A form of bacteria responsible for respiratory illness, including the deadly pneumonia known as Legionnaire's disease, may be able to grow in windshield washer fluid and was isolated from nearly 75% of school buses tested in one district in Arizona, according to research presented today at the annual meeting of the American Society for Microbiology.
"Washer fluid spray can release potentially dangerous numbers of these bacteria into the air. These results suggest that automobiles may serve as a source of transmission for Legionella infections," says Otto Schwake, a doctoral student at Arizona State University, who presented the research.
Legionella are bacteria that are found naturally in the environment, usually in water. They are commonly associated with the cooling towers found in large-scale air conditioners and hot tubs. They are not spread from person to person but instead are transmitted via mist or vapor containing the bacteria.
Most people exposed to the bacteria do not become ill, but in some people it can cause Legionnaires' disease, a severe form of pneumonia. The bacteria can also cause Pontiac fever, a milder illness resembling the flu.
The results presented come from a series of experiments conducted in the summer of 2012. Schwake and his colleagues attempted to grow Legionella bacteria in a variety of different washer fluid preparations.
They found that the bacterial concentrations increased over time and they were able to maintain stable populations for up to 14 months. In the second study, they tested the washer fluid from school buses in central Arizona and found culturable Legionella in approximately 75% of the samples.
Although windshield washer fluid is not normally associated with spreading disease, Schwake says this project was begun after a series of epidemiological studies found motor vehicle use to be associated with increased risk for Legionnaires' disease. One such study attributed nearly 20 percent of Legionnaires' disease cases in the United Kingdom not associated with hospitals or outbreaks to automobile windshield washer fluid.
"This study is the first to detect high levels of Legionella in automobiles or aerosolized by washer fluid spray," says Schwake. "While potential transmission of a deadly respiratory disease from a source as common as automobile windshield washing systems is significant, the study also points to the fact people can be exposed to pathogens - particularly those occurring naturally in the environment - in previously unknown and unusual ways."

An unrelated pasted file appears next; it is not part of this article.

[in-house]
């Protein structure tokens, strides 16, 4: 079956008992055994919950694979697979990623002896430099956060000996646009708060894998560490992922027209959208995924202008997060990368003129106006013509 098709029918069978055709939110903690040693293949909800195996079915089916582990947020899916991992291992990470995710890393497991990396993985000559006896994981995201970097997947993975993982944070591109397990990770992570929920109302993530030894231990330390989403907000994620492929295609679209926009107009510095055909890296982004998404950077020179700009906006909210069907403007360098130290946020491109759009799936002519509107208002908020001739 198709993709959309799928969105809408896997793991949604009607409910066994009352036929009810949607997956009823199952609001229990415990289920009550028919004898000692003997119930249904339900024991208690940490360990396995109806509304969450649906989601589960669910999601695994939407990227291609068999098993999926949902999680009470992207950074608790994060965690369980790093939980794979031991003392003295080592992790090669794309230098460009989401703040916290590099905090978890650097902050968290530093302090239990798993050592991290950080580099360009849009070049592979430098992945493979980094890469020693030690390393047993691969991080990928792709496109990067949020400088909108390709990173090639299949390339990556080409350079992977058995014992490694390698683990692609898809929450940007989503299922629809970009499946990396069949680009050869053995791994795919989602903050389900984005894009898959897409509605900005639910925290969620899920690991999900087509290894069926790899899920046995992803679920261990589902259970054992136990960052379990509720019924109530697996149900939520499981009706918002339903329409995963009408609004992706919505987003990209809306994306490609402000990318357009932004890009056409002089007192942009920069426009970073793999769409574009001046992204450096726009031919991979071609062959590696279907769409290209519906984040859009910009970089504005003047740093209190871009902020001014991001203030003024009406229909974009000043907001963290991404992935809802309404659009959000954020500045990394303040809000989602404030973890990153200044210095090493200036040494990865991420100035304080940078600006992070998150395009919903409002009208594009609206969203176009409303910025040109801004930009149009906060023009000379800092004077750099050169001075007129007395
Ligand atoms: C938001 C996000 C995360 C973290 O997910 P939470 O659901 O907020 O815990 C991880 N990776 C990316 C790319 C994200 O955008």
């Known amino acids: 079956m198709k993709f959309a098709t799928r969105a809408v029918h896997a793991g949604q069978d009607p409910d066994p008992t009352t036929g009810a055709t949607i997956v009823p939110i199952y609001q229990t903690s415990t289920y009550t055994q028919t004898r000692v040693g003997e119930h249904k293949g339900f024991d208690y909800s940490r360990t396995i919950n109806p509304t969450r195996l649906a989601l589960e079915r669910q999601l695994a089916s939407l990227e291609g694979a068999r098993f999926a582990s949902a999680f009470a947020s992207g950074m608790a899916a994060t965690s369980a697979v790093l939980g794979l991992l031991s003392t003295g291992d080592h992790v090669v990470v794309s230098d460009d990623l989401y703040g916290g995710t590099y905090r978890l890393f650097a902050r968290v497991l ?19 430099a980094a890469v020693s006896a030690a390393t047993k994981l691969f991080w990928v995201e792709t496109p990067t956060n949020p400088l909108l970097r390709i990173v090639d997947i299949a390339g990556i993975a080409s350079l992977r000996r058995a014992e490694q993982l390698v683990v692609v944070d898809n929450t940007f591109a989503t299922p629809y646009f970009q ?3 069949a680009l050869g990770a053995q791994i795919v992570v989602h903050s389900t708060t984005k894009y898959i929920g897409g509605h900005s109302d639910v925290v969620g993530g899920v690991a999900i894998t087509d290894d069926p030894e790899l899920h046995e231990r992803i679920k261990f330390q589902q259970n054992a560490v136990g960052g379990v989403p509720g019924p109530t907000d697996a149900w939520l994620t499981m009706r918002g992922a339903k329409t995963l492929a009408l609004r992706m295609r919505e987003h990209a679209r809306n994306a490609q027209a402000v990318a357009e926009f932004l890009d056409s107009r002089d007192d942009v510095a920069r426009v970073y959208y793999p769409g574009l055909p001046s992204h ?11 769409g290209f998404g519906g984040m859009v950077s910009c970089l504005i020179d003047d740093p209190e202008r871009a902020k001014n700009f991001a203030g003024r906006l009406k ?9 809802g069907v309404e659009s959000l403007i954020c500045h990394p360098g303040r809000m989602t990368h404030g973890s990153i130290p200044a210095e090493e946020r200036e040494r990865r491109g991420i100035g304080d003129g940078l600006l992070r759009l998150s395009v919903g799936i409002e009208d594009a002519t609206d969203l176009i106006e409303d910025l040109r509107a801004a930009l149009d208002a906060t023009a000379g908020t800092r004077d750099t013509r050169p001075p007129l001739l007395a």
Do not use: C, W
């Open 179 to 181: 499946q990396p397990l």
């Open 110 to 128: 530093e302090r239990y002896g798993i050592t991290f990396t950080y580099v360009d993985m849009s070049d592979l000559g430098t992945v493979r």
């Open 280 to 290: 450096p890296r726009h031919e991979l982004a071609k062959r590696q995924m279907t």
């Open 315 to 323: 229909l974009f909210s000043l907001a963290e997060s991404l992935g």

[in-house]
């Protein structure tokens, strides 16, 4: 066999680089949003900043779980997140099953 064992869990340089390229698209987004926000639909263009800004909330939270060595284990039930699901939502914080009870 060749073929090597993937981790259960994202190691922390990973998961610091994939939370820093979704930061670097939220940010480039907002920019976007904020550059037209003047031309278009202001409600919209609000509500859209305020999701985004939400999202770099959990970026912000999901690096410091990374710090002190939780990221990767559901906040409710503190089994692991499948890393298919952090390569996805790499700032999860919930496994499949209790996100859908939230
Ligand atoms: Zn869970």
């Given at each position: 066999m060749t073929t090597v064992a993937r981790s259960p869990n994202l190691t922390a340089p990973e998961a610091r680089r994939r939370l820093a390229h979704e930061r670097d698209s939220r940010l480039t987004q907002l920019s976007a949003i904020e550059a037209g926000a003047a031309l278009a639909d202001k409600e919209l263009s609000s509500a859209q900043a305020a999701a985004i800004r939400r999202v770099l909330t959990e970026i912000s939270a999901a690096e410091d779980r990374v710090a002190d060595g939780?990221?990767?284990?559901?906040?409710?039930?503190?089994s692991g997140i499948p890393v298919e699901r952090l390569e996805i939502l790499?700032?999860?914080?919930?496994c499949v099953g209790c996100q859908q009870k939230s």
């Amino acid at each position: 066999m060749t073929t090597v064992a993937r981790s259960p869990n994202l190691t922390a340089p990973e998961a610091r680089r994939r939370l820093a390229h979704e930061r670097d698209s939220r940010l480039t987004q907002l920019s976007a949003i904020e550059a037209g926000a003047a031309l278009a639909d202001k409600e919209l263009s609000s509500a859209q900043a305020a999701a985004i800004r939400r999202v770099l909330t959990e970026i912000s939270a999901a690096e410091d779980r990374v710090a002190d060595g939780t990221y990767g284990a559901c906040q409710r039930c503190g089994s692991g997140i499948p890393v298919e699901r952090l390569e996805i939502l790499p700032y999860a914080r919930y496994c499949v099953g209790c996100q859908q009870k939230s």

The American Society for Microbiology is the largest single life science society, composed of over 39,000 scientists and health professionals. ASM's mission is to advance the microbiological sciences as a vehicle for understanding life processes and to apply and communicate this knowledge for the improvement of health and environmental and economic well-being worldwide.
Jim Sliwa | Eurek Alert!
Rice University lab runs crowd-sourced competition to create 'big data' diagnostic tools
30.06.2016 | Rice University
A protein coat helps chromosomes keep their distance
30.06.2016 | IMBA - Institut für Molekulare Biotechnologie der Österreichischen Akademie der Wissenschaften GmbH
Since the completion of the human genome an important goal has been to elucidate the function of the now known proteins: a new molecular method enables the investigation of the function for thousands of proteins in parallel. Applying this new method, an international team of researchers with leading participation of the Technical University of Munich (TUM) was able to identify hundreds of previously unknown interactions among proteins.
The human genome and those of most common crops have been decoded for many years. Soon it will be possible to sequence your personal genome for less than 1000...
3D printing revolutionized the manufacturing of complex shapes in the last few years. Using additive depositing of materials, where individual dots or lines...
R2D2, a joint project to analyze and development high-TRL processes and technologies for manufacture of flexible organic light-emitting diodes (OLEDs) funded by the German Federal Ministry of Education and Research (BMBF) has been successfully completed.
In contrast to point light sources like LEDs made of inorganic semiconductor crystals, organic light-emitting diodes (OLEDs) are light-emitting surfaces. Their...
High resolution rotational spectroscopy reveals an unprecedented number of conformations of an odorant molecule – a new world record!
In a recent publication in the journal Physical Chemistry Chemical Physics, researchers from the Max Planck Institute for the Structure and Dynamics of Matter...
Strands of cow cartilage substitute for ink in a 3D bioprinting process that may one day create cartilage patches for worn out joints, according to a team of engineers. "Our goal is to create tissue that can be used to replace large amounts of worn out tissue or design patches," said Ibrahim T. Ozbolat, associate professor of engineering science and mechanics. "Those who have osteoarthritis in their joints suffer a lot. We need a new alternative treatment for this."
Cartilage is a good tissue to target for scale-up bioprinting because it is made up of only one cell type and has no blood vessels within the tissue. It is...
30.06.2016 | Event News
28.06.2016 | Event News
09.06.2016 | Event News
30.06.2016 | Health and Medicine
30.06.2016 | Life Sciences
30.06.2016 | Physics and Astronomy